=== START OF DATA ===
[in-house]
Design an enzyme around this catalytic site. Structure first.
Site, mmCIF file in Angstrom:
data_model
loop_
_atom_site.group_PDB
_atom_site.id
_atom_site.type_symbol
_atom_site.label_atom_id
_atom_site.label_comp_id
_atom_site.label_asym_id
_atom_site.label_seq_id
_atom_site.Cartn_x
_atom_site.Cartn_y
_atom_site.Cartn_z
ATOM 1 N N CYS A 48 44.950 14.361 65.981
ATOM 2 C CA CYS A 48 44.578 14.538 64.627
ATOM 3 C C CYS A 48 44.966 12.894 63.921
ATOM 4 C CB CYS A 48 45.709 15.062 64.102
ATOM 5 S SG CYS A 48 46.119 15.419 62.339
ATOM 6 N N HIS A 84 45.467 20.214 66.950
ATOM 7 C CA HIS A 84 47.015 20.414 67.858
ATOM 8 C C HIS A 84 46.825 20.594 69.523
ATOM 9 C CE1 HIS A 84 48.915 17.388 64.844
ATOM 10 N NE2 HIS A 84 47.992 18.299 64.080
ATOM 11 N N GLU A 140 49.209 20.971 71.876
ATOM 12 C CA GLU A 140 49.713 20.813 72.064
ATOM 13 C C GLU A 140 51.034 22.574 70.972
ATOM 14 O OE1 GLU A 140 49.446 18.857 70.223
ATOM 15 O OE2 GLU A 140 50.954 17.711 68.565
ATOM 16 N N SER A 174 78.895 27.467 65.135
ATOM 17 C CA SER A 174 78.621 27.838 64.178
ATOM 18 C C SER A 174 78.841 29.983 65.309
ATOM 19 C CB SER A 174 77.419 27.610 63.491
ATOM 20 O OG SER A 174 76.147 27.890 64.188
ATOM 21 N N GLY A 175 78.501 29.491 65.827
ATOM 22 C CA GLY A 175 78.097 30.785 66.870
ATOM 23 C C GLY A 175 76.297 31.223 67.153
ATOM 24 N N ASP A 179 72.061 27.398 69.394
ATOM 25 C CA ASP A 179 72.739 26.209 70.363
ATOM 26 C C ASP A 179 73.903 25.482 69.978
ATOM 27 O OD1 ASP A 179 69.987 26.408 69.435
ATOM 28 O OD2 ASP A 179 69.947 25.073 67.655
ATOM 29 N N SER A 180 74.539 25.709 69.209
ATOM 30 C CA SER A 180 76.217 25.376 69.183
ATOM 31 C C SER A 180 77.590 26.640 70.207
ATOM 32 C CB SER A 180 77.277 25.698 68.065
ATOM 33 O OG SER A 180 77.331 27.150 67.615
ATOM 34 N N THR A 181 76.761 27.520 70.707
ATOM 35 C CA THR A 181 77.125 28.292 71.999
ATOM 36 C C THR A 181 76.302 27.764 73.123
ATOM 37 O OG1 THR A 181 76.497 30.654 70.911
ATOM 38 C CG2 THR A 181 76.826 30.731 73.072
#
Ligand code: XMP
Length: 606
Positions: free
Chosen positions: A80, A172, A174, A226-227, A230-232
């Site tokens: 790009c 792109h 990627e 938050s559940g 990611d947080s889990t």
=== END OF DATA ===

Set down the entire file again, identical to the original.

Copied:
[in-house]
Design an enzyme around this catalytic site. Structure first.
Site, mmCIF file in Angstrom:
data_model
loop_
_atom_site.group_PDB
_atom_site.id
_atom_site.type_symbol
_atom_site.label_atom_id
_atom_site.label_comp_id
_atom_site.label_asym_id
_atom_site.label_seq_id
_atom_site.Cartn_x
_atom_site.Cartn_y
_atom_site.Cartn_z
ATOM 1 N N CYS A 48 44.950 14.361 65.981
ATOM 2 C CA CYS A 48 44.578 14.538 64.627
ATOM 3 C C CYS A 48 44.966 12.894 63.921
ATOM 4 C CB CYS A 48 45.709 15.062 64.102
ATOM 5 S SG CYS A 48 46.119 15.419 62.339
ATOM 6 N N HIS A 84 45.467 20.214 66.950
ATOM 7 C CA HIS A 84 47.015 20.414 67.858
ATOM 8 C C HIS A 84 46.825 20.594 69.523
ATOM 9 C CE1 HIS A 84 48.915 17.388 64.844
ATOM 10 N NE2 HIS A 84 47.992 18.299 64.080
ATOM 11 N N GLU A 140 49.209 20.971 71.876
ATOM 12 C CA GLU A 140 49.713 20.813 72.064
ATOM 13 C C GLU A 140 51.034 22.574 70.972
ATOM 14 O OE1 GLU A 140 49.446 18.857 70.223
ATOM 15 O OE2 GLU A 140 50.954 17.711 68.565
ATOM 16 N N SER A 174 78.895 27.467 65.135
ATOM 17 C CA SER A 174 78.621 27.838 64.178
ATOM 18 C C SER A 174 78.841 29.983 65.309
ATOM 19 C CB SER A 174 77.419 27.610 63.491
ATOM 20 O OG SER A 174 76.147 27.890 64.188
ATOM 21 N N GLY A 175 78.501 29.491 65.827
ATOM 22 C CA GLY A 175 78.097 30.785 66.870
ATOM 23 C C GLY A 175 76.297 31.223 67.153
ATOM 24 N N ASP A 179 72.061 27.398 69.394
ATOM 25 C CA ASP A 179 72.739 26.209 70.363
ATOM 26 C C ASP A 179 73.903 25.482 69.978
ATOM 27 O OD1 ASP A 179 69.987 26.408 69.435
ATOM 28 O OD2 ASP A 179 69.947 25.073 67.655
ATOM 29 N N SER A 180 74.539 25.709 69.209
ATOM 30 C CA SER A 180 76.217 25.376 69.183
ATOM 31 C C SER A 180 77.590 26.640 70.207
ATOM 32 C CB SER A 180 77.277 25.698 68.065
ATOM 33 O OG SER A 180 77.331 27.150 67.615
ATOM 34 N N THR A 181 76.761 27.520 70.707
ATOM 35 C CA THR A 181 77.125 28.292 71.999
ATOM 36 C C THR A 181 76.302 27.764 73.123
ATOM 37 O OG1 THR A 181 76.497 30.654 70.911
ATOM 38 C CG2 THR A 181 76.826 30.731 73.072
#
Ligand code: XMP
Length: 606
Positions: free
Chosen positions: A80, A172, A174, A226-227, A230-232
């Site tokens: 790009c 792109h 990627e 938050s559940g 990611d947080s889990t």